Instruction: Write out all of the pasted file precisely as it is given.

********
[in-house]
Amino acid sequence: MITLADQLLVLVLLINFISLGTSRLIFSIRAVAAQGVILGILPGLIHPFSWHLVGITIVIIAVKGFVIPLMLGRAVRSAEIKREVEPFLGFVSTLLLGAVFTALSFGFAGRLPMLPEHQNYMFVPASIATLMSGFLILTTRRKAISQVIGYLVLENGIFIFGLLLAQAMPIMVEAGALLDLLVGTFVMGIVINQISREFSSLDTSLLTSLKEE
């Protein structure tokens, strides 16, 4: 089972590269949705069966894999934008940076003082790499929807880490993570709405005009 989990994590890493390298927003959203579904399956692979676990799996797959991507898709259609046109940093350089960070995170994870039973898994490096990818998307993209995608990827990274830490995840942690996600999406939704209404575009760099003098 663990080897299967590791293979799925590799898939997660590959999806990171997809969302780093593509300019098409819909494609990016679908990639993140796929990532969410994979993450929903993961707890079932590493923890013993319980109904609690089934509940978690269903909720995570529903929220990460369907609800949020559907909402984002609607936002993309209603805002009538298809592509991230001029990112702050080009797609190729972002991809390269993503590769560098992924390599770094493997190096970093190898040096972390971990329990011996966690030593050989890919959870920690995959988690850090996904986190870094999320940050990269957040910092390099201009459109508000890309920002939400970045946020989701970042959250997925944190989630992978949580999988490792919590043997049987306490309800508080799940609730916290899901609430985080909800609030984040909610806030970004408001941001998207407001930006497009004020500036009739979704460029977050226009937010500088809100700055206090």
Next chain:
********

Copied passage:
[in-house]
Amino acid sequence: MITLADQLLVLVLLINFISLGTSRLIFSIRAVAAQGVILGILPGLIHPFSWHLVGITIVIIAVKGFVIPLMLGRAVRSAEIKREVEPFLGFVSTLLLGAVFTALSFGFAGRLPMLPEHQNYMFVPASIATLMSGFLILTTRRKAISQVIGYLVLENGIFIFGLLLAQAMPIMVEAGALLDLLVGTFVMGIVINQISREFSSLDTSLLTSLKEE
């Protein structure tokens, strides 16, 4: 089972590269949705069966894999934008940076003082790499929807880490993570709405005009 989990994590890493390298927003959203579904399956692979676990799996797959991507898709259609046109940093350089960070995170994870039973898994490096990818998307993209995608990827990274830490995840942690996600999406939704209404575009760099003098 663990080897299967590791293979799925590799898939997660590959999806990171997809969302780093593509300019098409819909494609990016679908990639993140796929990532969410994979993450929903993961707890079932590493923890013993319980109904609690089934509940978690269903909720995570529903929220990460369907609800949020559907909402984002609607936002993309209603805002009538298809592509991230001029990112702050080009797609190729972002991809390269993503590769560098992924390599770094493997190096970093190898040096972390971990329990011996966690030593050989890919959870920690995959988690850090996904986190870094999320940050990269957040910092390099201009459109508000890309920002939400970045946020989701970042959250997925944190989630992978949580999988490792919590043997049987306490309800508080799940609730916290899901609430985080909800609030984040909610806030970004408001941001998207407001930006497009004020500036009739979704460029977050226009937010500088809100700055206090």
Next chain: